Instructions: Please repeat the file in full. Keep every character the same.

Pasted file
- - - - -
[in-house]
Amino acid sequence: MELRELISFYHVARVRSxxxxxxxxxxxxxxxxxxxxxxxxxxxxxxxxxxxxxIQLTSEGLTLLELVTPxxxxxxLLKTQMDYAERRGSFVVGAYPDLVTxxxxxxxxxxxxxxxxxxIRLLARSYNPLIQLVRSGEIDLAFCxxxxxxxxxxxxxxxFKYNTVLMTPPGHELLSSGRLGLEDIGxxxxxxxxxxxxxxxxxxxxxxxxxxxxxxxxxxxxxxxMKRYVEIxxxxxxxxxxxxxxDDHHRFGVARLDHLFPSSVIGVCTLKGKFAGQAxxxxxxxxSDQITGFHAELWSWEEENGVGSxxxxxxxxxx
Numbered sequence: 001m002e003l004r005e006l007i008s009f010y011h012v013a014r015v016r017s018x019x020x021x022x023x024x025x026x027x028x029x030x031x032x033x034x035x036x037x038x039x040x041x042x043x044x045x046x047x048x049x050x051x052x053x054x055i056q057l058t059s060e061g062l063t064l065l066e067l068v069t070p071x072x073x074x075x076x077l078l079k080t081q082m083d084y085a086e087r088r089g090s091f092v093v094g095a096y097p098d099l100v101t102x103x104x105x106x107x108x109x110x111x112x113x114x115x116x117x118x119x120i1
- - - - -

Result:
[in-house]
Amino acid sequence: MELRELISFYHVARVRSxxxxxxxxxxxxxxxxxxxxxxxxxxxxxxxxxxxxxIQLTSEGLTLLELVTPxxxxxxLLKTQMDYAERRGSFVVGAYPDLVTxxxxxxxxxxxxxxxxxxIRLLARSYNPLIQLVRSGEIDLAFCxxxxxxxxxxxxxxxFKYNTVLMTPPGHELLSSGRLGLEDIGxxxxxxxxxxxxxxxxxxxxxxxxxxxxxxxxxxxxxxxMKRYVEIxxxxxxxxxxxxxxDDHHRFGVARLDHLFPSSVIGVCTLKGKFAGQAxxxxxxxxSDQITGFHAELWSWEEENGVGSxxxxxxxxxx
Numbered sequence: 001m002e003l004r005e006l007i008s009f010y011h012v013a014r015v016r017s018x019x020x021x022x023x024x025x026x027x028x029x030x031x032x033x034x035x036x037x038x039x040x041x042x043x044x045x046x047x048x049x050x051x052x053x054x055i056q057l058t059s060e061g062l063t064l065l066e067l068v069t070p071x072x073x074x075x076x077l078l079k080t081q082m083d084y085a086e087r088r089g090s091f092v093v094g095a096y097p098d099l100v101t102x103x104x105x106x107x108x109x110x111x112x113x114x115x116x117x118x119x120i1